Alumnus Creates Life-Saving Flooring Solution for Refugee Camps

By Tarah Thomas '16
Tuesday, July 28, 2015

Emergency Floor using shipping pallettes and plastic

Natural disasters, wartime and infectious diseases around the world displace millions of people from their homes into refugee camps.

Refugee camp tents and buildings have roofs to protect the tenants from the rain and walls that separate living quarters, but few, if any, have floors—a powerful shield from common parasites, soil-borne or waterborne diseases like bacterial infections, and hypothermia.

Scott Key, a 2009 graduate of John Brown University's construction management program, and his business partner and friend Sam Brisendine, have created a unique flooring solution called Emergency Floor.

Key and Brisendine’s design creates a modular flooring system made of a 100 percent recyclable plastic pieces, that fit together like a puzzle, laid on top of shipping palettes. The flooring provides insulation and protection from disease and flooding.

Key and Brisendine developed the concept after they presented a shelter design, named Emergency Core, at a disaster relief conference in New Orleans in 2012 for their master’s project at Rice University.

At the conference, Key and Brisendine noted the humanitarian organizations’ need for effective flooring in refugee camps, but no one had an affordable system, said Key.

Key and Brisendine took on the challenge. They worked from the ground-up and collaborated with Better Shelter, a subsidiary of IKEA, to find a cost-effective flooring solution made from long-lasting, globally available materials.

“We believe our product can be the difference between life and death for many people,” Key said. “Our challenge is to get into the supply chain. Until then, it is just an idea.”

The first roadblock the pair faced was a lack of capital to pay for the cost of design, prototype creation and the manufacturing of the units.

The Development Innovation Ventures (DIV) and the United States Agency for International Development (USAID) awarded Key and Brisendine $165,000 in mid-April to produce the newest design of Emergency Floor and to implement the design into refugee shelters as a trial run.

Part of the grant terms required Key and Brisendine to raise $50,000 on their own. With the help of an online Indiegogo funding campaign, Key and Brisendine raised $52,000 and gained an additional $50,000 grant from Water Walking Foundation to continue their work.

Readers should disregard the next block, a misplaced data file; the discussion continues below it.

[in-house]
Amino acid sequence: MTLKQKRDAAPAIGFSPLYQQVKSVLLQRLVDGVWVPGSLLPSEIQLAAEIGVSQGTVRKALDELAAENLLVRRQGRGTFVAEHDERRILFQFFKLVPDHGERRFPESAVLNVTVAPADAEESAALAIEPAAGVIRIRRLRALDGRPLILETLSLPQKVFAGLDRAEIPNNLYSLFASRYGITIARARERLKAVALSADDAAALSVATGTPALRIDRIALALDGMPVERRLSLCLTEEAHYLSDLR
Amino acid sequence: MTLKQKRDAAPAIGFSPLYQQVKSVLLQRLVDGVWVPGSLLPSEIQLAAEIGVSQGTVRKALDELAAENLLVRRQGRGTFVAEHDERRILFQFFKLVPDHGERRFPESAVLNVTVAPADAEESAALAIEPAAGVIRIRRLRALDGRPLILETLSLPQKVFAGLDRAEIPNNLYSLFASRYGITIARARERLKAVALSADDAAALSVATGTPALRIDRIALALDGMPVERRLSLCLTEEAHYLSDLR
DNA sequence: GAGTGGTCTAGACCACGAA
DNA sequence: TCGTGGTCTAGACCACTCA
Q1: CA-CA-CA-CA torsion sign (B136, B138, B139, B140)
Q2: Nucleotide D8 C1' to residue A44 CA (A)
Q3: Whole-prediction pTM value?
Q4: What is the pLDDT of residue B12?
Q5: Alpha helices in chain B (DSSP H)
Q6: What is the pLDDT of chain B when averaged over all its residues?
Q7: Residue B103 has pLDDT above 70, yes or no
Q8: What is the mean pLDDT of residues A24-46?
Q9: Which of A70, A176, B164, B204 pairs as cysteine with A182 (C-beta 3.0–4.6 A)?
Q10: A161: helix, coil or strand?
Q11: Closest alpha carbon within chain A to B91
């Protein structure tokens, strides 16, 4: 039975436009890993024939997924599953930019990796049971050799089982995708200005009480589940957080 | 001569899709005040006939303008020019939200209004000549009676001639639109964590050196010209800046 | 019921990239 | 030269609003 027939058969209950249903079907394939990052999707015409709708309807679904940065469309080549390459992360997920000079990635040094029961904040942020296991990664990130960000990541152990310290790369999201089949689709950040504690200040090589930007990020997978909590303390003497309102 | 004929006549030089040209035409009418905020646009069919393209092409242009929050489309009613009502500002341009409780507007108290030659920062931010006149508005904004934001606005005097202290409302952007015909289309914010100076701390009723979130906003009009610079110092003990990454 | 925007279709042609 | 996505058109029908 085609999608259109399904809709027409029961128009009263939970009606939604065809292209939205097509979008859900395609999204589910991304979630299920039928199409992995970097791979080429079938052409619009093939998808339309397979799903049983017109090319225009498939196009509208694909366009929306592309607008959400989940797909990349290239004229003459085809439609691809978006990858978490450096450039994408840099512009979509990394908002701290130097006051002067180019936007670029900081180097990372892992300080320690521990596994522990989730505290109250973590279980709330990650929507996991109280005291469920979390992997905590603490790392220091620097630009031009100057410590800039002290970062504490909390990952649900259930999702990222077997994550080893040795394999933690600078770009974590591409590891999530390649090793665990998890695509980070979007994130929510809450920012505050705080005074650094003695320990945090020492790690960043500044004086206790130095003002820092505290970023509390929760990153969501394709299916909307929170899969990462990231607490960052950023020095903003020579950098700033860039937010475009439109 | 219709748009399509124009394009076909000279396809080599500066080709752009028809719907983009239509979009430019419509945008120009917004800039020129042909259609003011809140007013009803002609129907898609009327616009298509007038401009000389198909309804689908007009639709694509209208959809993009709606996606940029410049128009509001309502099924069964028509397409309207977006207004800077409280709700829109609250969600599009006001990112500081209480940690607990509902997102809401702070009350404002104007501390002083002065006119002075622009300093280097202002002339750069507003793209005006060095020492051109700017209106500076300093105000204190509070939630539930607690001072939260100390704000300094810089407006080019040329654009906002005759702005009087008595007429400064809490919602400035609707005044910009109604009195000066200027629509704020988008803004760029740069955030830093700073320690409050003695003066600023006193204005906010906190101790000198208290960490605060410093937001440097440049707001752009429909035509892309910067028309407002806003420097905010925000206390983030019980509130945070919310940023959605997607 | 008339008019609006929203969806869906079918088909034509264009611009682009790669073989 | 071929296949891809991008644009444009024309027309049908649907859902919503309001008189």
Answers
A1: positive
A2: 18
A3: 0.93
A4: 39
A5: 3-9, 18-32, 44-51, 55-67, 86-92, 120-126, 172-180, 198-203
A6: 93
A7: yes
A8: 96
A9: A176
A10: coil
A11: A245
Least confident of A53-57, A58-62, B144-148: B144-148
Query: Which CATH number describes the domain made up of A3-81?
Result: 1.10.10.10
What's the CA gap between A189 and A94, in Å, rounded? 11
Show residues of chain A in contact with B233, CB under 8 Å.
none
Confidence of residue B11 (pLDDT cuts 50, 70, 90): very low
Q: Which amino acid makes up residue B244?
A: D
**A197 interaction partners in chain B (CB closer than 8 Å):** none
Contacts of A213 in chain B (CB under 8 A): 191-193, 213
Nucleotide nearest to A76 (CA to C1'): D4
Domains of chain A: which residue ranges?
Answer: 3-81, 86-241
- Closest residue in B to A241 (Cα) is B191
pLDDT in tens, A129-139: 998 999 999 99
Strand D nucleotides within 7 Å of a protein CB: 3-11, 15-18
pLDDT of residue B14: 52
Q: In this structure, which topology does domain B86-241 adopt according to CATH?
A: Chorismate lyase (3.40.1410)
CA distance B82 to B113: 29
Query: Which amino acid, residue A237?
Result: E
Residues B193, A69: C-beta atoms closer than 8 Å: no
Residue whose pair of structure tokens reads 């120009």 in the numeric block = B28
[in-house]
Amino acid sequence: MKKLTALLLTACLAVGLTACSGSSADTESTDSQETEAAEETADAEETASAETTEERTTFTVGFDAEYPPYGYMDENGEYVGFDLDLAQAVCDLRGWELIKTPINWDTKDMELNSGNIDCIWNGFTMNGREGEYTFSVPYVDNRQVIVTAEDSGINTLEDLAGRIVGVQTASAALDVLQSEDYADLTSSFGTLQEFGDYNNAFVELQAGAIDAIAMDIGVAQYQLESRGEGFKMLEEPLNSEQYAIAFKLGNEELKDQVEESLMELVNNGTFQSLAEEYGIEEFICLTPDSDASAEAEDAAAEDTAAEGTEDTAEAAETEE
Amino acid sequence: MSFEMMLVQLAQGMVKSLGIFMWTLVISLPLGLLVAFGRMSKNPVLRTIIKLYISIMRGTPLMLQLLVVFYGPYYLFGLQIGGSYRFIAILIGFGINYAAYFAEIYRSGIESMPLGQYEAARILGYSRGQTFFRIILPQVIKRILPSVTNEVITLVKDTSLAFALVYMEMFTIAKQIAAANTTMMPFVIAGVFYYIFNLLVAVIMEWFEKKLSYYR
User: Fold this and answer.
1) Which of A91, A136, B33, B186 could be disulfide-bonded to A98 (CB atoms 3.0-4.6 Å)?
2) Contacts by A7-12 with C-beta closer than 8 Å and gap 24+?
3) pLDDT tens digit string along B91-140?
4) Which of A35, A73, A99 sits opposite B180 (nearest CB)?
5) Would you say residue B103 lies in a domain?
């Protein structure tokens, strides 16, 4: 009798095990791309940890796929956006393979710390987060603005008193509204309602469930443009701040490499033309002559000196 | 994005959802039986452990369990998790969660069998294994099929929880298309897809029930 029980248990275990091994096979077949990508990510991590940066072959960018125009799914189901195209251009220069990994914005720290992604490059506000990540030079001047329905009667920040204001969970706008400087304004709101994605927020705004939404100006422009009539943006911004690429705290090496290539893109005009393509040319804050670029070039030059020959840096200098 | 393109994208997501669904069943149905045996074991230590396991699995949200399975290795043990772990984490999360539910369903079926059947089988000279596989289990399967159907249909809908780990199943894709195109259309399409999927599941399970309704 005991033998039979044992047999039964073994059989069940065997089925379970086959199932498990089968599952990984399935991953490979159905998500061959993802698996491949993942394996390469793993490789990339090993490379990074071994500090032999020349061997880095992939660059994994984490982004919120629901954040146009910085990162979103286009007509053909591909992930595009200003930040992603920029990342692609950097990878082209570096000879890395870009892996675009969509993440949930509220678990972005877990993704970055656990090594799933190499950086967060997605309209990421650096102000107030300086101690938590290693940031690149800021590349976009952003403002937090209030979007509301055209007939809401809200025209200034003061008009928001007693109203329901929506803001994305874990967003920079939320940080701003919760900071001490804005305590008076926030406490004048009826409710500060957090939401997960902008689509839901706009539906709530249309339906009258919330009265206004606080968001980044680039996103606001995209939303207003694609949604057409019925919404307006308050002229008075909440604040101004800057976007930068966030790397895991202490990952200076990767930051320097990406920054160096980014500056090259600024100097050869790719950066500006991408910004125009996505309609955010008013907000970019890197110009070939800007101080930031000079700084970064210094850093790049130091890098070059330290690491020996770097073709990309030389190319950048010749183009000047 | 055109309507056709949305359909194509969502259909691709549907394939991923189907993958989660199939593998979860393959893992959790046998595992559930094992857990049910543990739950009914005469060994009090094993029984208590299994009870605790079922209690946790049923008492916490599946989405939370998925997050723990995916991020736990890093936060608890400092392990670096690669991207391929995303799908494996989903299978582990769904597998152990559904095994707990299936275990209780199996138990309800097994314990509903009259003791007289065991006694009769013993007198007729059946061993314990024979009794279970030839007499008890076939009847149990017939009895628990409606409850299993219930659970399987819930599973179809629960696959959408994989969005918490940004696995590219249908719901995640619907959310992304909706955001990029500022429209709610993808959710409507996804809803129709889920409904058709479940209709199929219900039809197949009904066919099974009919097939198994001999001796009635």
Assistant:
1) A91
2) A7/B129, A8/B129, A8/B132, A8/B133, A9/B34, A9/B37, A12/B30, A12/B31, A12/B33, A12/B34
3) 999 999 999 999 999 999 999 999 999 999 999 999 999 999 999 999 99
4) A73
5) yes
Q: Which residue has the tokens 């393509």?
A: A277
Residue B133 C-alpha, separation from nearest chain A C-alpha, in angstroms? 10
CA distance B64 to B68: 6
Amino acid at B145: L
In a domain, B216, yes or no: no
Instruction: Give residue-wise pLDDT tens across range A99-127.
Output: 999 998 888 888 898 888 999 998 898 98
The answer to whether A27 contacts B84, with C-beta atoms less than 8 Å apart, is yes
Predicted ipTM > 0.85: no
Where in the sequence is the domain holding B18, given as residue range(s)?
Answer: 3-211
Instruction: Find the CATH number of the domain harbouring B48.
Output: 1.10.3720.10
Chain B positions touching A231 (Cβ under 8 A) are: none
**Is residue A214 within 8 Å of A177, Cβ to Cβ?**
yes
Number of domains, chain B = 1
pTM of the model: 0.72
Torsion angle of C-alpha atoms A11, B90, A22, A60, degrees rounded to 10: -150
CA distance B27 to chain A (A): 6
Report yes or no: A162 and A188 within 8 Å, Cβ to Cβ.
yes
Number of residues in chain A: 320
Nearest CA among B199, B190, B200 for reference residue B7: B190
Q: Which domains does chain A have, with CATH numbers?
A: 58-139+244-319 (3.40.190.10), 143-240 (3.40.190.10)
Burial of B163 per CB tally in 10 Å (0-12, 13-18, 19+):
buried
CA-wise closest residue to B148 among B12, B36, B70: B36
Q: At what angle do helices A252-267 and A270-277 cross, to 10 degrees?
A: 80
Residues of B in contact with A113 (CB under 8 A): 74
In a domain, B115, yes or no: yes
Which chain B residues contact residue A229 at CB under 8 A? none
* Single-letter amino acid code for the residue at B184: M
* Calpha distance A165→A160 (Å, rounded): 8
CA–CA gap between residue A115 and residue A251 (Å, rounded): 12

“As designers, we have a specific way of looking at the world and people,” Key said. “Our kingdom perspective as Christians should be to use our career to make the world better and not destroy God’s creation, as best we can.”

Key attributes his passion for this work to discussions he had at JBU with professors and classmates.

“My professors at JBU always challenged students to think about ways to make a difference in others’ lives through their career,” Key said, remembering a paper assigned by Dr. David Vila, professor of religion and philosophy, on “How what we do in our careers furthers the Kingdom of God.”

“I was fortunate to be in a place where faculty talked with students about how Christians should live,” Key said. “It shifted the way I thought about things, changed my worldview.”

The first Emergency Floor systems will be installed in approximately 40 inhabited refugee shelters across Iraq in December 2015 or January 2016. Key and Brisendine have partnered with UNHCR, World Vision and STEP-UK to identify implement sites for the first 40 floors.

This pilot implementation will be installed with sensors to monitor the performance of the design.

“This pilot is the next step in the process toward mass production. While we can predict what kind of differences the floor will make for health, safety and quality of life, we have to prove the design with measurable data,” Key said.  

Key and Brisendine will also gather user-feedback through pre and post-installation surveys and will work on making the necessary changes to the design for eventual large-scale implementation.

Scott and Brisendine have recently been featured in Forbes Magazine, Huffington Post and the Houston Chronicle.

The Emergency Floor is the second product created by their for-profit start-up, Good Works Studio, Inc., which the duo manages on top of working full-time jobs and spending time with their families.

Good Works Studio is a “collaborative design firm” working to create permanent solutions to people’s needs around the world by collaborating with other designers and organizations. The company’s first product was the Emergency Core.

 

Scott Key & Sam Brisendine stand atop an Emergency Floor

Scott Key (left) and Sam Brisendine stand atop an Emergency Floor system installed in a refugee shelter.

 

Find out more about JBU's construction management program.

 

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